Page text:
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Prospective students and their parents approach tour Georgetown

Prospective students and their parents approach tour Georgetown University in Washington, D.C., in 2019. Last year, students couldn't visit colleges and it's still tough to tour  a campus this year. Credit: EPA-EFE/REX / Shutterstock/Jim Lo Scalzo

It was 2 a.m. on a Thursday when we finally hit the jackpot.

For days, we had tried to secure a campus tour spot at one of my rising senior daughter’s top choices, hoping to take a road trip to Chicago.

Schools offering on-campus visits are wisely keeping groups small, often requiring reservations, along with vaccination or negative COVID-19 tests. But with enormous demand, tour slots — often secured online — have become as coveted as a vaccine appointment was back in January.

That effort is a small piece of the always arduous, often mystifying, college admissions ritual. The pandemic has made it even more complicated, but with that has come an opportunity to open up, rethink and improve the process.

Last year, students couldn't visit colleges and the supply/demand chasm means it’s still tough to do so. Similarly, SAT and ACT standardized test offerings often are canceled or hard to come by. High schoolers who weren’t able to participate in extracurricular activities or volunteer find it tougher to stand out in an applicant crowd. And financial constraints weigh heavily.

But the pandemic also has forced colleges and universities to take steps to better the search and admissions picture — changes that shouldn’t disappear as the pandemic eases. The now-abundant mix of online tours, discussions and open houses provides a valuable way to see colleges without paying for a plane ticket or hotel.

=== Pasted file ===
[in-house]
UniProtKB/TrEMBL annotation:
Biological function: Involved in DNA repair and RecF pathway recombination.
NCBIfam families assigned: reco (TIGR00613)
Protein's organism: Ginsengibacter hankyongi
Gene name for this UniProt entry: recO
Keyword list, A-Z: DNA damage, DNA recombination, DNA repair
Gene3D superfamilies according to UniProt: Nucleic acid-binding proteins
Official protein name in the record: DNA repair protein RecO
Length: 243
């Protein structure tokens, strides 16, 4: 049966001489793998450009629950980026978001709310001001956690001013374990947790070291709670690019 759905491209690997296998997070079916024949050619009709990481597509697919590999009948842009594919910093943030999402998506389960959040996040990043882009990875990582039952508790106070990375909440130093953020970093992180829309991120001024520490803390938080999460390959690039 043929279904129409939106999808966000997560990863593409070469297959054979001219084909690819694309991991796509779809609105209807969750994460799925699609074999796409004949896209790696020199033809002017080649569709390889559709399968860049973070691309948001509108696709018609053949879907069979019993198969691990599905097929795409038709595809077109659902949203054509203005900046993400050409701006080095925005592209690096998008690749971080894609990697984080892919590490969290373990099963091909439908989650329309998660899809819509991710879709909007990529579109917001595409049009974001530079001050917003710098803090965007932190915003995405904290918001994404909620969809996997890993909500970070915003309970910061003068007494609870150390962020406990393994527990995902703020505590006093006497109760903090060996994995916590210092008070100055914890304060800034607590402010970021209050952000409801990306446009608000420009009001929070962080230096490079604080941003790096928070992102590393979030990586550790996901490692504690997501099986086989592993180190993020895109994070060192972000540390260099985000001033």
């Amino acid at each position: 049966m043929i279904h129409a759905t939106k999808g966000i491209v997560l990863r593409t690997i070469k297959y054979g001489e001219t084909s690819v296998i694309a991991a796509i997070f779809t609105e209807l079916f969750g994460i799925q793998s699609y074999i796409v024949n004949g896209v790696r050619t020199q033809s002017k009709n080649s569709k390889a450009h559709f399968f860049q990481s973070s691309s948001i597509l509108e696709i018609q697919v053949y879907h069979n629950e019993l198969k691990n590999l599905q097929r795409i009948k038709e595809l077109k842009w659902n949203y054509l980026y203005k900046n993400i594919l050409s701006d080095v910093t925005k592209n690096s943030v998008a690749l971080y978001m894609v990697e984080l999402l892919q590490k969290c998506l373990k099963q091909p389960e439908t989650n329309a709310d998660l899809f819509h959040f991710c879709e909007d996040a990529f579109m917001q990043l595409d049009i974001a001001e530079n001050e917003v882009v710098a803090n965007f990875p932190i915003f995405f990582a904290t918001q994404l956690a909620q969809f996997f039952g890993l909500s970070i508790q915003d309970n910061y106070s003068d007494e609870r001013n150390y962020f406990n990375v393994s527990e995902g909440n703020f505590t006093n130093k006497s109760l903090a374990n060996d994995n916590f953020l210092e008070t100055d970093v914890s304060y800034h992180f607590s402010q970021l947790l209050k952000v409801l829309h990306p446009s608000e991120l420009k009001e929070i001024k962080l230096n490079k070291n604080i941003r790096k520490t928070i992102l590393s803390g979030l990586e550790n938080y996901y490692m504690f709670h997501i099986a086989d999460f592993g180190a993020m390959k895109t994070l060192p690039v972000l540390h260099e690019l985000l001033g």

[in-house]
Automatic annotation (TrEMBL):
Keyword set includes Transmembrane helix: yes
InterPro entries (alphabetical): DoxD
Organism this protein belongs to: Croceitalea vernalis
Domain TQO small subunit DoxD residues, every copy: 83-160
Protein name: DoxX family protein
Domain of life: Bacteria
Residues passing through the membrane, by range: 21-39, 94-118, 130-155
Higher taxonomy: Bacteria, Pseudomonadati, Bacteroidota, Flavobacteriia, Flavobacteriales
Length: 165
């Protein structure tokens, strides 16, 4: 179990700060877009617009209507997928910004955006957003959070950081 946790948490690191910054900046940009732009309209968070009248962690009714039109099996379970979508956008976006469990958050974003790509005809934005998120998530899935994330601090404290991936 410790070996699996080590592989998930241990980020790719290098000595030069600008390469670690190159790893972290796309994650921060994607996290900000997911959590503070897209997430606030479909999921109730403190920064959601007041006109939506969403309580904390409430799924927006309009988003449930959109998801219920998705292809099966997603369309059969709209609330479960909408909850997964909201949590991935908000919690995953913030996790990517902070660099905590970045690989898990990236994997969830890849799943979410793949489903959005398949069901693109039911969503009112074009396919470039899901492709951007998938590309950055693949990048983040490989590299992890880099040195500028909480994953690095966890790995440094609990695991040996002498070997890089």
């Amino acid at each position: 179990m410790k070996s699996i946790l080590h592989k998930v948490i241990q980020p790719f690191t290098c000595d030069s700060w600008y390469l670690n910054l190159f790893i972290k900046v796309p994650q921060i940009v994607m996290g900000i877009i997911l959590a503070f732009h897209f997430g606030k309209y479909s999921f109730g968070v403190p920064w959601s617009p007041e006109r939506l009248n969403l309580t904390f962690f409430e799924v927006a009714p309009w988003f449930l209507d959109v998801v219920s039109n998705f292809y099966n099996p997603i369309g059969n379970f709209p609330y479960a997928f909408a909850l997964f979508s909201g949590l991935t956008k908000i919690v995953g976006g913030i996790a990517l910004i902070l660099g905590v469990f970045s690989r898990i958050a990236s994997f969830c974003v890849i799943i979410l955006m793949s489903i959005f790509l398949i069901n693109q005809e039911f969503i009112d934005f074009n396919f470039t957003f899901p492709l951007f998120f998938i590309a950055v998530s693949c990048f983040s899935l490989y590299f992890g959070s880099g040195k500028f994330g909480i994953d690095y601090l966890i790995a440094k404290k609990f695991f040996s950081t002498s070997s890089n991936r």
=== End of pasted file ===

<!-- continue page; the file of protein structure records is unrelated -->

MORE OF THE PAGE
Then there’s testing. Hundreds of schools appropriately became test-optional last year. Students could still take the standardized tests and send results, but it wasn’t required. Of the more than a million students who submitted the Common Application, just 44% added SAT or ACT scores, compared with 77% the prior year. The percentage of minority applicants that submitted tests was even lower and some experts say that may have helped in the results, which so far show the number of minority and first-generation students accepted to top private institutions rose.

All of this comes in the wake of the 2019 college admissions scandal. Some thought that would lead to more change. Perhaps the pandemic will.

Many top-tier schools extended test-optional guidelines for this year and that should continue. Tweaks to the system will be necessary to better evaluate those who submit scores and those who don't, and to account for shifting metrics.

The tests remain important tools, especially when classes or grades don't tell the whole story, or for students who see them as a positive, even affirming step. While the optionality is helpful, banning them isn’t the answer. Neither is a controversial proposal from Harvard University professor Michael Sandel to turn college admissions into a lottery.

But the pandemic should be the impetus for reform. That can start with a more open, even simplified, process. Author Jeffrey Selingo, in "Who Gets In and Why," calls the system "ambiguous" "arbitrary," and "baffling." It doesn't have to be. Just as students must find new ways to distinguish themselves, higher education institutions must bring clarity to their changing selection processes, standards and choices, while striving for equity, so every student can find the right fit.

Part of that fit-finding starts with rite-of-passage college road trips. While virtual tours are an important option, they can't be the only option. Some schools, including many on Long Island, now provide organized tours in safe ways, but too many remain shuttered. Students and schools would benefit if every institution welcomed vaccinated visitors back to campus.

Thanks to snagging that rare tour spot, we’ll be driving to Chicago this weekend. But schools must find ways to improve the whole process, so all aspiring college students can find the right campus.

Columnist Randi F. Marshall's opinions are her own.